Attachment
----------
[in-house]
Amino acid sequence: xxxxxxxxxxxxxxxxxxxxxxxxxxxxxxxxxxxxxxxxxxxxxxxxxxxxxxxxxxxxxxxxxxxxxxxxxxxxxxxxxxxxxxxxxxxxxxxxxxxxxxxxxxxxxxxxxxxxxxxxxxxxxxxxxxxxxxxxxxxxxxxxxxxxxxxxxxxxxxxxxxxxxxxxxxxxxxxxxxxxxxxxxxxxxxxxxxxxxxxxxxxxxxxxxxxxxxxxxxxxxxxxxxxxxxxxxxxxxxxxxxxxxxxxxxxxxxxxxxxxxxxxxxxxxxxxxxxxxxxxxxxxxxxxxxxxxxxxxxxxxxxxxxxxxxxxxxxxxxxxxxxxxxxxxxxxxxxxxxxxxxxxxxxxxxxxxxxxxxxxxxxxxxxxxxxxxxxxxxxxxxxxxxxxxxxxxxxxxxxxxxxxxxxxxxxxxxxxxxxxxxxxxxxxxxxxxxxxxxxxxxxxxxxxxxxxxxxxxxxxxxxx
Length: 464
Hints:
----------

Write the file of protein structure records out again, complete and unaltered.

[in-house]
Amino acid sequence: xxxxxxxxxxxxxxxxxxxxxxxxxxxxxxxxxxxxxxxxxxxxxxxxxxxxxxxxxxxxxxxxxxxxxxxxxxxxxxxxxxxxxxxxxxxxxxxxxxxxxxxxxxxxxxxxxxxxxxxxxxxxxxxxxxxxxxxxxxxxxxxxxxxxxxxxxxxxxxxxxxxxxxxxxxxxxxxxxxxxxxxxxxxxxxxxxxxxxxxxxxxxxxxxxxxxxxxxxxxxxxxxxxxxxxxxxxxxxxxxxxxxxxxxxxxxxxxxxxxxxxxxxxxxxxxxxxxxxxxxxxxxxxxxxxxxxxxxxxxxxxxxxxxxxxxxxxxxxxxxxxxxxxxxxxxxxxxxxxxxxxxxxxxxxxxxxxxxxxxxxxxxxxxxxxxxxxxxxxxxxxxxxxxxxxxxxxxxxxxxxxxxxxxxxxxxxxxxxxxxxxxxxxxxxxxxxxxxxxxxxxxxxxxxxxxxxxxxxxxxxxxx
Length: 464
Hints: